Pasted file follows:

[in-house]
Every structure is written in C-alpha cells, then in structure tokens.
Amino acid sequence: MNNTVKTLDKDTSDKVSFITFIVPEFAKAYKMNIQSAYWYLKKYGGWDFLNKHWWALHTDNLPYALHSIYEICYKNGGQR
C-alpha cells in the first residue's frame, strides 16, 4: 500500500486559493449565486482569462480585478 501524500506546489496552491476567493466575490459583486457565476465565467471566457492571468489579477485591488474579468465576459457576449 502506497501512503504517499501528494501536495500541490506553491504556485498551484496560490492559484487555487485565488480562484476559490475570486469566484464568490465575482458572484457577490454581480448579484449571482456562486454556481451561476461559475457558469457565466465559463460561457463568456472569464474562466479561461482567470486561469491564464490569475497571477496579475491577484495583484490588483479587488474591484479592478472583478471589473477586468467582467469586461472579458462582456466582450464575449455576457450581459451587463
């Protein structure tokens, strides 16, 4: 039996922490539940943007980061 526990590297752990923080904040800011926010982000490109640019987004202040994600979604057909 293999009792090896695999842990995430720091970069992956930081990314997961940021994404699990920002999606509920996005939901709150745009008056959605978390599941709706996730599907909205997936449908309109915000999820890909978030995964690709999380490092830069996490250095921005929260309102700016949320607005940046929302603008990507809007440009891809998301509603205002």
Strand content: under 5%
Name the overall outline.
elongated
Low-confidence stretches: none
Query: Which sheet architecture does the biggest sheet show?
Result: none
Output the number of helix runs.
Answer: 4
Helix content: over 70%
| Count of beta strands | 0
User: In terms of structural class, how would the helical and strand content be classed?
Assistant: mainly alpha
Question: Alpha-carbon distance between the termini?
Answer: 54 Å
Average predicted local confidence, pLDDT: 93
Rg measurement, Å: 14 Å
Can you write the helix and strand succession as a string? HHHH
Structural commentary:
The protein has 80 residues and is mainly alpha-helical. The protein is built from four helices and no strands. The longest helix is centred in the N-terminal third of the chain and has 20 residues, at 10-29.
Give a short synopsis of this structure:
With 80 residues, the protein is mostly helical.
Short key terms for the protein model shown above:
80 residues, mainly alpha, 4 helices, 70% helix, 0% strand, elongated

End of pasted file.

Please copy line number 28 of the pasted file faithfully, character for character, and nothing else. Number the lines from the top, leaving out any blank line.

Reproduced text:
80 residues, mainly alpha, 4 helices, 70% helix, 0% strand, elongated